The partnership between Rik and Ade was inimitable. The comic chemistry between them stood out years before Bottom in The Young Ones where Vivian would just call Rik "a complete bastard" at every opportunity. Me and my brother, who is three years older than me, would watch Bottom together during the rare moments of peace time between our daily fallouts and fights. In some loose vein I felt like we were Richie and Eddie. We lived in a bungalow with no other friends our age nearby (if you live in bungalow filled cul-de-sac in a new town chances are it's 100% elderly residents) and we were trapped with each other a lot of the time. We'd play games, fall out, get violent and then realise we only had each other so would make up again within a few minutes. Just like Richie and Eddie, but with less nose-hair and pliers, (although Adam did once try and get me to tie a piece of string to his door and pull his tooth out).

In the days after Rik's death when all these memories came flooding back, I re-watched clip after clip on YouTube and even reminisced with my first ever boyfriend (again when I was 11) on Facebook about our mutual love of Rik. We remembered our Bottom gang, which comprised of us two and two other male friends who would sit and read aloud my book of Bottom scripts at lunchtime and crease into hysterics while the rest of the class had no idea what we were going on about. It was a lovely time of life to remember, re-reading and impersonating Richie and Eddie together, as a four, a bunch of randoms.

Now aged 29, I also looked at what else was going on in my life at the time, and I quickly remembered that Year 6 at school started out in bliss but ended with difficulty. Suddenly, my dad left home to go to work in the Far East for 6 months and it rocked our family up in a way that it would never be the same again. He's still there, 18 years later. Contact is minimal and while life has moved on, what followed in those days were several complicated teenage years of heartbreak and loss. But during the horrible goodbyes and the sadness and confusion of losing my dad to the other side of the world, there was Rik. And this is why, I realised last week when I felt sick at the news that he had collapsed and died at his home aged just 56, I wanted to write something, to say thank you and to say, Rik, you cheered me right up.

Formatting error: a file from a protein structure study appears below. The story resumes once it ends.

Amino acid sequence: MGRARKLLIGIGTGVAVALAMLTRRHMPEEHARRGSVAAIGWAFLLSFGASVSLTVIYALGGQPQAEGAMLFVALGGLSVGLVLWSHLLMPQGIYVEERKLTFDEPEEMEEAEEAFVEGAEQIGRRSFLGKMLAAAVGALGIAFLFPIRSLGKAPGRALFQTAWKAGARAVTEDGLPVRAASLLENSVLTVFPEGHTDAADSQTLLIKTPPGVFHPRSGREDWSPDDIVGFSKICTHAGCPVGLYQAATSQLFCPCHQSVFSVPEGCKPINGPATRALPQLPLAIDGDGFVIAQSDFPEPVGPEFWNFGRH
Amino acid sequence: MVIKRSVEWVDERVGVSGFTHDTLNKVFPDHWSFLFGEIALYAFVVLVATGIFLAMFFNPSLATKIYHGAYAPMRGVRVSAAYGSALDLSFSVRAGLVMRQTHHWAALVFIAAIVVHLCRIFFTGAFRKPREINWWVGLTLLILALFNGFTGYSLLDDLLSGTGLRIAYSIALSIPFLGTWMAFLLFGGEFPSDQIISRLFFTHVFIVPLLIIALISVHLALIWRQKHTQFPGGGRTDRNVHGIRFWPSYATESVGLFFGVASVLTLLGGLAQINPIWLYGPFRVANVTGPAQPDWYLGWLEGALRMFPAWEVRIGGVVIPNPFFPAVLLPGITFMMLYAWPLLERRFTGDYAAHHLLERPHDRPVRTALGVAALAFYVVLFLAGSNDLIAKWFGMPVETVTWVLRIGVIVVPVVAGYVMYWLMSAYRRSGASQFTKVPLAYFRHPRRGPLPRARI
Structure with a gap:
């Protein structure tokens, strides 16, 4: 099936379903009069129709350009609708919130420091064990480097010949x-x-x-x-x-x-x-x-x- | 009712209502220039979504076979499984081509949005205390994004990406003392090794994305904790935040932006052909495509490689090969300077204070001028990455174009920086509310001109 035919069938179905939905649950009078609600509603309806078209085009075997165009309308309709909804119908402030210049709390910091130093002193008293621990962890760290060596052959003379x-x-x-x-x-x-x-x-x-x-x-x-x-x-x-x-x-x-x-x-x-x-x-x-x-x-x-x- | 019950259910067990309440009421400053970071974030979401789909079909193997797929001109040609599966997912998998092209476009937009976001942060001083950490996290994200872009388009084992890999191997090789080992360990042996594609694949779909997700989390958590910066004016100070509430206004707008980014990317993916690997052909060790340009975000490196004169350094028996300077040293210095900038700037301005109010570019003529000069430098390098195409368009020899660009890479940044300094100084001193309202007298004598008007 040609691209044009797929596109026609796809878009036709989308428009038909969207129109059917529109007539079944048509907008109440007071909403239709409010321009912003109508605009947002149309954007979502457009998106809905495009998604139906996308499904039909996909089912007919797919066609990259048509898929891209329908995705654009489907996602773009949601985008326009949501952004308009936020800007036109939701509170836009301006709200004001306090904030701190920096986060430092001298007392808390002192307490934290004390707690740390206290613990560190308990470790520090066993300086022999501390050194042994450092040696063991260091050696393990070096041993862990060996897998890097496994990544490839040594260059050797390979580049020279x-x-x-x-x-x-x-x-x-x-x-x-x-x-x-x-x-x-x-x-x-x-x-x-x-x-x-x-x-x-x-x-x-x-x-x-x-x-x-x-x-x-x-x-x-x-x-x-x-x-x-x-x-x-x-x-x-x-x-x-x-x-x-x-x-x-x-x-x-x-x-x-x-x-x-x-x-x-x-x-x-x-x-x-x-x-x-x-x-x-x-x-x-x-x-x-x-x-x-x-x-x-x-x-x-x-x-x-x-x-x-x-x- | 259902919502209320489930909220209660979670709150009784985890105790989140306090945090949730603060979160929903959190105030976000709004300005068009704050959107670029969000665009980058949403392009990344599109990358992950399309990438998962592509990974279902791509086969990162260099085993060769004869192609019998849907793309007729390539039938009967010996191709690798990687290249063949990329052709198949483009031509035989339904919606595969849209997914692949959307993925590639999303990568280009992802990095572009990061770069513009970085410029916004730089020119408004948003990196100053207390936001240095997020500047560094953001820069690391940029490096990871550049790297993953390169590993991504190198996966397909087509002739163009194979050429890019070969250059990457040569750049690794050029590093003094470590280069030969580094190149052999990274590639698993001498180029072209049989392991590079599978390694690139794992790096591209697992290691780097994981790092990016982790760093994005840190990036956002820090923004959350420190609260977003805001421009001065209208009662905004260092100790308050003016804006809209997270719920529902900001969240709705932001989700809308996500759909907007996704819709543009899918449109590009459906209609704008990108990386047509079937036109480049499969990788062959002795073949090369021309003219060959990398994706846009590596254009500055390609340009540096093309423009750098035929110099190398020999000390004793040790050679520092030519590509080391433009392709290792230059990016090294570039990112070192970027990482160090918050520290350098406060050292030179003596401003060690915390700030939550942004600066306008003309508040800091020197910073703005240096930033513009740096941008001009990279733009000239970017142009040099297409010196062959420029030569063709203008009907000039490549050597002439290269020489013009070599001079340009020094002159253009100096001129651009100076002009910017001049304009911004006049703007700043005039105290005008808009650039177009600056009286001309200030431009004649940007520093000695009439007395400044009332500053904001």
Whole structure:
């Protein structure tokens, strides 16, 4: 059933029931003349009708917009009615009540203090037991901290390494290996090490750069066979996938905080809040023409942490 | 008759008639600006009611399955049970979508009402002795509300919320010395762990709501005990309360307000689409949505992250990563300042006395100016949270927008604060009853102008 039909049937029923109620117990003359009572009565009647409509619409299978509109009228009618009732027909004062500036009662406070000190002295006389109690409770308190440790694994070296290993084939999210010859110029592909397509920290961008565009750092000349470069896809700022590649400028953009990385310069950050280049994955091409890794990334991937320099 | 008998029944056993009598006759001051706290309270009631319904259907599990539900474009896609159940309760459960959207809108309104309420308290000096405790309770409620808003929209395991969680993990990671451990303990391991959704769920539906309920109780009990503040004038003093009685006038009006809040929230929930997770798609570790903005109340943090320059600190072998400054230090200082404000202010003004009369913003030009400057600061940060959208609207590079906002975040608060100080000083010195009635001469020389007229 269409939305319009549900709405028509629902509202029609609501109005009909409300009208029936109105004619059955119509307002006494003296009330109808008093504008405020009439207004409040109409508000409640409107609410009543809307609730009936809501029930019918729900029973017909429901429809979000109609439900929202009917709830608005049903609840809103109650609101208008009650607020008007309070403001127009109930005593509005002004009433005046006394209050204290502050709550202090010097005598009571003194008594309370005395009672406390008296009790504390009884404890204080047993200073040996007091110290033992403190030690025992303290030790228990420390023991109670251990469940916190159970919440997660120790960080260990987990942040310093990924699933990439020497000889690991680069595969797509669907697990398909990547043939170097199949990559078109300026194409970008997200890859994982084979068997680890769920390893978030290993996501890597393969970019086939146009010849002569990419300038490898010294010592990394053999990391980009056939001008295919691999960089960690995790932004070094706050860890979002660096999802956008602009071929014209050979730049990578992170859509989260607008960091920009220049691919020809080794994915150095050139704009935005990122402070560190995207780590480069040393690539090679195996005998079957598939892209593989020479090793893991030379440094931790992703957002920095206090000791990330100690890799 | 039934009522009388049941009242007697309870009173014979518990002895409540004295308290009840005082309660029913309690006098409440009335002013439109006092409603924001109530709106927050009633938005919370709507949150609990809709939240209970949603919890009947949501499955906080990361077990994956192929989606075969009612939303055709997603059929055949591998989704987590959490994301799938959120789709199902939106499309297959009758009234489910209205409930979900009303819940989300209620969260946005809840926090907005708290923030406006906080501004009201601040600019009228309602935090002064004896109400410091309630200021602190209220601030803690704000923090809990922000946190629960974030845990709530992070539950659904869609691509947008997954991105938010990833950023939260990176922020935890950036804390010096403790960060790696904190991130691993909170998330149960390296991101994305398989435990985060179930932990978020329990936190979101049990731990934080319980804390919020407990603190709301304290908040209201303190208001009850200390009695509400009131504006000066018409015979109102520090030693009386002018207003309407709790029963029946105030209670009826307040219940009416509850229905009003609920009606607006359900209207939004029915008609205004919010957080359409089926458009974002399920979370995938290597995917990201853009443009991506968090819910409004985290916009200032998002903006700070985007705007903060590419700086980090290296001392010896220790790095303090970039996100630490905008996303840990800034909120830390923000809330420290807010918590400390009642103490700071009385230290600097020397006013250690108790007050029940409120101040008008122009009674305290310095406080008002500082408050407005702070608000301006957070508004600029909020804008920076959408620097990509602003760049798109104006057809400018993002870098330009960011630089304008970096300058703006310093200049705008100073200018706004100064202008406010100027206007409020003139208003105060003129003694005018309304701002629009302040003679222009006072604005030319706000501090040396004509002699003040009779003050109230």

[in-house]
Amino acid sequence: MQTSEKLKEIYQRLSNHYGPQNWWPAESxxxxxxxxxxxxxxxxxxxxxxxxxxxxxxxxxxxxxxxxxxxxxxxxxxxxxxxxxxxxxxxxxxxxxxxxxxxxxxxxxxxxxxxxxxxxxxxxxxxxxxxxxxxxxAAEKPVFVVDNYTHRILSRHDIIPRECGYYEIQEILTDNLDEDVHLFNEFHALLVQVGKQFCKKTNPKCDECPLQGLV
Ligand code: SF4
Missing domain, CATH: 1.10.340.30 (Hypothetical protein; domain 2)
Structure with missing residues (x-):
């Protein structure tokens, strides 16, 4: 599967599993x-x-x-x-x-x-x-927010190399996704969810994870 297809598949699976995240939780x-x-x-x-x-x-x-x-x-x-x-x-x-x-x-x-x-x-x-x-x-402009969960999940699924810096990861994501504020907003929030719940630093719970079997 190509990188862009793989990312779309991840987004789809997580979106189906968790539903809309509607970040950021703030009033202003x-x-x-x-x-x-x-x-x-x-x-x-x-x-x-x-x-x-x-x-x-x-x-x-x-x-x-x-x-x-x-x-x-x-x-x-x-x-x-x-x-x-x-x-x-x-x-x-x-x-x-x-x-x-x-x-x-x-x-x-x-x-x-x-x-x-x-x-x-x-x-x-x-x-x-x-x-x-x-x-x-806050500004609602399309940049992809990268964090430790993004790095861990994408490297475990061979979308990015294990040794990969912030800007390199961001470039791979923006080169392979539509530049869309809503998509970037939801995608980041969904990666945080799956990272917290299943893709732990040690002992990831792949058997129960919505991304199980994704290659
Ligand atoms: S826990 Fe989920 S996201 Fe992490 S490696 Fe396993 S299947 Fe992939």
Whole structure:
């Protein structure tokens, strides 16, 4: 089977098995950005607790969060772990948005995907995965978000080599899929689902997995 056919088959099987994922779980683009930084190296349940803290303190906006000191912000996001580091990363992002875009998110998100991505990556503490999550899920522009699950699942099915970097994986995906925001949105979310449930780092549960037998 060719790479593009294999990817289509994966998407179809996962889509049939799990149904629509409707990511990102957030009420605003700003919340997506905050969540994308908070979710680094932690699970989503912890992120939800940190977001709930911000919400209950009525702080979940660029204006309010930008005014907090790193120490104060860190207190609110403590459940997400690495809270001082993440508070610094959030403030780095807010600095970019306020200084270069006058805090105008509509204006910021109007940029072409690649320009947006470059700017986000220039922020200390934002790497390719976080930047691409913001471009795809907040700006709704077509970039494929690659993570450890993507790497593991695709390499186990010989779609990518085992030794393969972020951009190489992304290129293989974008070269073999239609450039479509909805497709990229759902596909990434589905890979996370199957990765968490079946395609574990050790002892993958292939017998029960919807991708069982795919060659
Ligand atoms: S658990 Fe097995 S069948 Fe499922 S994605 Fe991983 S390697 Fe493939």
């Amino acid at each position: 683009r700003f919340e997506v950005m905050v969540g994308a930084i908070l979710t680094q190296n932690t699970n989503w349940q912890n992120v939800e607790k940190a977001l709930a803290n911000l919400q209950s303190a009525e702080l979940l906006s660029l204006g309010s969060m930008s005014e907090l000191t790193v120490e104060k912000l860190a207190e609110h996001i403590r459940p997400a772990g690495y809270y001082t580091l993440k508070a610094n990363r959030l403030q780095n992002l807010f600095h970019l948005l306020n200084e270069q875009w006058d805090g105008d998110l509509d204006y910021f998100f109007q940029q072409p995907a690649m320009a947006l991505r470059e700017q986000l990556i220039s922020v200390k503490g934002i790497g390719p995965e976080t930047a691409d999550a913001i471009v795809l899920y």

What also propelled me straight back to those young days is the fact that Rik hasn't really been on screens so much since his 80s/90s 'heyday'. His recent hilarious performance in Channel 4 sitcom Man Down as Greg Davies' psychopathic dad was a treat, but it wasn't enough screen time for me. I did watch him do The New Statesman on stage a couple of years ago at the Trafalgar Studios in London but I was too afraid to go over and speak to him, for fear of him being any different to his characters. (This is an unrealistic expectation I know, but my job as a showbiz journalist had popped many a bubble thus far and I knew I wouldn't be able to handle it if he was a real life B'Stard.) When all the newspapers paid tribute last week, his wife Barbara thanked them for their coverage. I picked up the Metro on the Tube and because of it's huge picture of Rik on the front I thought about keeping it for a second, but I left it where I found it. When I was 11 I needed to quantify my admiration for Rik and back then the most appropriate course of action was to cut out a photo of him and frame it. Keeping the newspaper front page of his death really isn't the same.